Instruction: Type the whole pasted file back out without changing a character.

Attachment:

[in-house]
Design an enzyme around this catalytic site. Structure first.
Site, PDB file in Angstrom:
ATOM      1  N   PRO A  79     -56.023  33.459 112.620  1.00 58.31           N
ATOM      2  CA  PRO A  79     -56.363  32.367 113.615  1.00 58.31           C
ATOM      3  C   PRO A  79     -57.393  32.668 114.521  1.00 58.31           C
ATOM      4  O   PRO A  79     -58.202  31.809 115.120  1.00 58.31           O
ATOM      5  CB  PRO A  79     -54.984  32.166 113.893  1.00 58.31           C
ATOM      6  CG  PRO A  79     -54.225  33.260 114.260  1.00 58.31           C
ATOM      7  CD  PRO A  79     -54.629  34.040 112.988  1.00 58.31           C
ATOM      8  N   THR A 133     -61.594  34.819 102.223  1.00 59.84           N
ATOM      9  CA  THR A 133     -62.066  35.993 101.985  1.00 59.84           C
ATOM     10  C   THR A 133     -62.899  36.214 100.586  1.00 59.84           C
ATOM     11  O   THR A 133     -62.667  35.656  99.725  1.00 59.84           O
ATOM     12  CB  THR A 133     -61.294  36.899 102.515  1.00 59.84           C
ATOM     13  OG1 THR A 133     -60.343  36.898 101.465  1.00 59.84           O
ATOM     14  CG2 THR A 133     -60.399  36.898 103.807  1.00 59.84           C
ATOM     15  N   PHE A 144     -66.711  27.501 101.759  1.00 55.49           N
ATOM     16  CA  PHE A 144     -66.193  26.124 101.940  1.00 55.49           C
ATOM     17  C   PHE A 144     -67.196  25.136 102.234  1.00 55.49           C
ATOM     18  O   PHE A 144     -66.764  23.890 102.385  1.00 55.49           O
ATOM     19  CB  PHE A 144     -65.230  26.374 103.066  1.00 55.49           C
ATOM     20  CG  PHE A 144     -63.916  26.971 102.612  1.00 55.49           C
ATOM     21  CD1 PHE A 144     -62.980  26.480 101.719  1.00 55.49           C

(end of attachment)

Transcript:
[in-house]
Design an enzyme around this catalytic site. Structure first.
Site, PDB file in Angstrom:
ATOM      1  N   PRO A  79     -56.023  33.459 112.620  1.00 58.31           N
ATOM      2  CA  PRO A  79     -56.363  32.367 113.615  1.00 58.31           C
ATOM      3  C   PRO A  79     -57.393  32.668 114.521  1.00 58.31           C
ATOM      4  O   PRO A  79     -58.202  31.809 115.120  1.00 58.31           O
ATOM      5  CB  PRO A  79     -54.984  32.166 113.893  1.00 58.31           C
ATOM      6  CG  PRO A  79     -54.225  33.260 114.260  1.00 58.31           C
ATOM      7  CD  PRO A  79     -54.629  34.040 112.988  1.00 58.31           C
ATOM      8  N   THR A 133     -61.594  34.819 102.223  1.00 59.84           N
ATOM      9  CA  THR A 133     -62.066  35.993 101.985  1.00 59.84           C
ATOM     10  C   THR A 133     -62.899  36.214 100.586  1.00 59.84           C
ATOM     11  O   THR A 133     -62.667  35.656  99.725  1.00 59.84           O
ATOM     12  CB  THR A 133     -61.294  36.899 102.515  1.00 59.84           C
ATOM     13  OG1 THR A 133     -60.343  36.898 101.465  1.00 59.84           O
ATOM     14  CG2 THR A 133     -60.399  36.898 103.807  1.00 59.84           C
ATOM     15  N   PHE A 144     -66.711  27.501 101.759  1.00 55.49           N
ATOM     16  CA  PHE A 144     -66.193  26.124 101.940  1.00 55.49           C
ATOM     17  C   PHE A 144     -67.196  25.136 102.234  1.00 55.49           C
ATOM     18  O   PHE A 144     -66.764  23.890 102.385  1.00 55.49           O
ATOM     19  CB  PHE A 144     -65.230  26.374 103.066  1.00 55.49           C
ATOM     20  CG  PHE A 144     -63.916  26.971 102.612  1.00 55.49           C
ATOM     21  CD1 PHE A 144     -62.980  26.480 101.719  1.00 55.49           C